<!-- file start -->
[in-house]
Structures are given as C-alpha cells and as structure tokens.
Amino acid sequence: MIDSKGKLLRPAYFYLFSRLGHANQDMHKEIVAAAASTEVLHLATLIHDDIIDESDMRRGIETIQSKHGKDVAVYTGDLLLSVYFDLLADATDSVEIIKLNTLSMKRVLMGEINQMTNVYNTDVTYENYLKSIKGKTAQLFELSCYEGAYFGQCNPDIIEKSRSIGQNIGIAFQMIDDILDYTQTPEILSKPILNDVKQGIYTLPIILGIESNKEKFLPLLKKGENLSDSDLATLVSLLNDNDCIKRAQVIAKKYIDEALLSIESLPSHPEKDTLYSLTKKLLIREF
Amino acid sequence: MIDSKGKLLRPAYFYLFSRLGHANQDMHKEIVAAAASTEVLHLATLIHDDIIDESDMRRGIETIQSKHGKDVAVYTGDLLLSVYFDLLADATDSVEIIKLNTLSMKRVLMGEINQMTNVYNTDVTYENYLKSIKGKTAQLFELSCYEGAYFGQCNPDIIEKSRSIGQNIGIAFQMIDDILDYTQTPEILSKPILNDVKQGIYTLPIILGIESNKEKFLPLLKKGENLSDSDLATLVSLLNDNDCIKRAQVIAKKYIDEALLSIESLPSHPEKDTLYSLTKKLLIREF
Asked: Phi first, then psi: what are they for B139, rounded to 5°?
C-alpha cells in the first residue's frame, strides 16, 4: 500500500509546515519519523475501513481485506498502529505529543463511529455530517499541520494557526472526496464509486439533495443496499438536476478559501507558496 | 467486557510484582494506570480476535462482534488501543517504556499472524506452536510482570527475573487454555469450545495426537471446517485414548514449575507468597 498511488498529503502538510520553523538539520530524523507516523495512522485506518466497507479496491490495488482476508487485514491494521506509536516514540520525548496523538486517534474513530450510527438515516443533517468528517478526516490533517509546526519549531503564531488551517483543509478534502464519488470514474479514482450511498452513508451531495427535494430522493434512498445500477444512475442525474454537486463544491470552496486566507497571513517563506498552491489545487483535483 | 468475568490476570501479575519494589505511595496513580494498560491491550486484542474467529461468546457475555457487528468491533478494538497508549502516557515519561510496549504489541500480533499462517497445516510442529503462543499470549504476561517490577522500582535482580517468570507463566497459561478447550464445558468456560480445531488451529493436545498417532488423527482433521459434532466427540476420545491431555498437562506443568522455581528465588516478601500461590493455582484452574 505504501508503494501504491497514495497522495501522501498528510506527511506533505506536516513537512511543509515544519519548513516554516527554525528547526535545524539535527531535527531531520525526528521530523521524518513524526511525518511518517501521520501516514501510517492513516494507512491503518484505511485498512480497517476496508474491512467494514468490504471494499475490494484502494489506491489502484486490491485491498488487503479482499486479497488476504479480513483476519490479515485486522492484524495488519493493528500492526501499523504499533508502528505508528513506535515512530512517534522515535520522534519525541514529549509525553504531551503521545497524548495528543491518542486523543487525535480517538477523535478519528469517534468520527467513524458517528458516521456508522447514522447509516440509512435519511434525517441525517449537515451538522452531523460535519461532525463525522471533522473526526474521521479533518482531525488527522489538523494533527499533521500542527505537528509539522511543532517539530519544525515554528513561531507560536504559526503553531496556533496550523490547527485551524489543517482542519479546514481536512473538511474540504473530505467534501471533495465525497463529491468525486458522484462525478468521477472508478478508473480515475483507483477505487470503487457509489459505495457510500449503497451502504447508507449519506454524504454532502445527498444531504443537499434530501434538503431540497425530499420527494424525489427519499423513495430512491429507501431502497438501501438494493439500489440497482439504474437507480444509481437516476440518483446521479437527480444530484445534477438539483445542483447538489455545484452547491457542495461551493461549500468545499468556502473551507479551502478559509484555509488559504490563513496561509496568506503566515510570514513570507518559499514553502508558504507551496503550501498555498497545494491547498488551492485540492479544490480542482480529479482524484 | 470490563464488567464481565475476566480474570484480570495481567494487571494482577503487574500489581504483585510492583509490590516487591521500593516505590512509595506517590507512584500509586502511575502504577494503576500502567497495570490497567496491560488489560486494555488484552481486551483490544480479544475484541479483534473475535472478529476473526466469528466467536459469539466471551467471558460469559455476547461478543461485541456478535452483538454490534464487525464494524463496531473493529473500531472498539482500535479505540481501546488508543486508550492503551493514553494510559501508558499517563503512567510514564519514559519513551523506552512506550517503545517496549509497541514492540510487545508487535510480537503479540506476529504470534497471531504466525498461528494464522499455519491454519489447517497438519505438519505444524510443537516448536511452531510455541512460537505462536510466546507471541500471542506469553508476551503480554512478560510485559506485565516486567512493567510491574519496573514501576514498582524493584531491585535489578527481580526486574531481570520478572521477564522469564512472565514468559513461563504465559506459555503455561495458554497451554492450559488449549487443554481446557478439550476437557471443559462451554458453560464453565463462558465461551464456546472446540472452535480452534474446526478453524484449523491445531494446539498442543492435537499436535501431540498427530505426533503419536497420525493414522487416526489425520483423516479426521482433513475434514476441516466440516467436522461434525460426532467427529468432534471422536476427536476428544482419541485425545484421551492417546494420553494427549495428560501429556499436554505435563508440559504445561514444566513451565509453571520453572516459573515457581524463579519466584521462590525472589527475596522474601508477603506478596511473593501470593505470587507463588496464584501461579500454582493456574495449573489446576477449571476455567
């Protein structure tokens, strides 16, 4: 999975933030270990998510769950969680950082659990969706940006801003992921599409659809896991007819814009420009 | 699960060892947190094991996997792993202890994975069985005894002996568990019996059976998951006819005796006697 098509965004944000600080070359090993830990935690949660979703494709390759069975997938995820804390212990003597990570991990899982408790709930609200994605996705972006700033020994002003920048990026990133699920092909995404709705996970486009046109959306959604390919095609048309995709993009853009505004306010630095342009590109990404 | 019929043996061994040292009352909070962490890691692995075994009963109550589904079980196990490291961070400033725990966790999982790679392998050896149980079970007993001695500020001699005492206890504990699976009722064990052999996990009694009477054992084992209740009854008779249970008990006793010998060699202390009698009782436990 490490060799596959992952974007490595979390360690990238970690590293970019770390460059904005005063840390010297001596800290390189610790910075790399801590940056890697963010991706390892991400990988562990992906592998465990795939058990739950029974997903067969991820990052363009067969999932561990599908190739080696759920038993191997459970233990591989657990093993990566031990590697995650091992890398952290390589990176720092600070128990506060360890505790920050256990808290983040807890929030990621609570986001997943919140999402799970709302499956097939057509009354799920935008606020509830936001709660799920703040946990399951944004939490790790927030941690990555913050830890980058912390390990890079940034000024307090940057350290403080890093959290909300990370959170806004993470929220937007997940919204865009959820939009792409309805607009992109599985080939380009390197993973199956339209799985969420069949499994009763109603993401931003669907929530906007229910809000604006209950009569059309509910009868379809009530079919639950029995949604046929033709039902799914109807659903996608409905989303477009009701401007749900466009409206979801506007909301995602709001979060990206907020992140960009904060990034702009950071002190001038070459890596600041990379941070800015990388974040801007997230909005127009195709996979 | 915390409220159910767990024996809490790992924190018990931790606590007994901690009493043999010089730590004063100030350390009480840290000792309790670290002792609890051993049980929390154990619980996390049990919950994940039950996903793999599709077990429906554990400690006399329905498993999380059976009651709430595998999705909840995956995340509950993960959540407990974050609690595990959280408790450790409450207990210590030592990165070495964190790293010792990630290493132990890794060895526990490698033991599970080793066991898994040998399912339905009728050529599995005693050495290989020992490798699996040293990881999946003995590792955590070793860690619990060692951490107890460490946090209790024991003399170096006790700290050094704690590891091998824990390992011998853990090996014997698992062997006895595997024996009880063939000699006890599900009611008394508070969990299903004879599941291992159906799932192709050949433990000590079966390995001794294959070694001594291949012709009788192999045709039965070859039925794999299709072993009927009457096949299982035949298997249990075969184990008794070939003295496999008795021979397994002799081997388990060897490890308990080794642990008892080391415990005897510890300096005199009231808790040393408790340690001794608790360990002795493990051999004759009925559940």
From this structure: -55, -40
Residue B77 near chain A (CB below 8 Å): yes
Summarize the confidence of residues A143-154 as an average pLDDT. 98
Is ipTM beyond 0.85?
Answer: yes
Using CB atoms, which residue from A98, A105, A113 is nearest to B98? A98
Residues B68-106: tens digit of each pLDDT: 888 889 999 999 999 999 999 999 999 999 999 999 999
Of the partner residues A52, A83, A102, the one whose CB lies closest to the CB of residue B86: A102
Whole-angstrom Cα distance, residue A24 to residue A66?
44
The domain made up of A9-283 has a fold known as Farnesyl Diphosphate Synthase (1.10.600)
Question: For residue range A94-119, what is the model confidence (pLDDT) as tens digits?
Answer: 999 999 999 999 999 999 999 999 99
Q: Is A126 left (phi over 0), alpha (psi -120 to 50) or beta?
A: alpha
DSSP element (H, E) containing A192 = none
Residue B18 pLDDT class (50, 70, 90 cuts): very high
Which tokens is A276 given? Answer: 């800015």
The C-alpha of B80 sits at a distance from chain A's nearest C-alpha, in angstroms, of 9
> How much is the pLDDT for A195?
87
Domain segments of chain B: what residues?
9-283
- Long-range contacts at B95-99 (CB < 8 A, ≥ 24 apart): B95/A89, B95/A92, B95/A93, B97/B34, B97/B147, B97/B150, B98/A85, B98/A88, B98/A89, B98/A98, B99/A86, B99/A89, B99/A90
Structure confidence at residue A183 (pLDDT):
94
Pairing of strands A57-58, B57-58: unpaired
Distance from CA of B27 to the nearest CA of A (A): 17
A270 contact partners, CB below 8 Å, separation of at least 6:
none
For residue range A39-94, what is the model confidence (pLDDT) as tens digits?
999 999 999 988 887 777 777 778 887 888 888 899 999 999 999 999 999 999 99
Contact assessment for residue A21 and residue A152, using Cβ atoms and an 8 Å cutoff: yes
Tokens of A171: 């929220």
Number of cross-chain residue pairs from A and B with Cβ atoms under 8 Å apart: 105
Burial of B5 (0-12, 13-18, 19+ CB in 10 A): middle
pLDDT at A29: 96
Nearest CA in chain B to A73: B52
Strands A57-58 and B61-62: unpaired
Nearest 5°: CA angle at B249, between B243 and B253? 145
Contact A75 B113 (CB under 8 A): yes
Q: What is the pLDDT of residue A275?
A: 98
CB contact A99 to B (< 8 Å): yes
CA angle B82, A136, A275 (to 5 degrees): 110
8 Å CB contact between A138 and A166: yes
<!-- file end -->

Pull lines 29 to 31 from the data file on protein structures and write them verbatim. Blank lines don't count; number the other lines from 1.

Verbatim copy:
Domain segments of chain B: what residues?
9-283
- Long-range contacts at B95-99 (CB < 8 A, ≥ 24 apart): B95/A89, B95/A92, B95/A93, B97/B34, B97/B147, B97/B150, B98/A85, B98/A88, B98/A89, B98/A98, B99/A86, B99/A89, B99/A90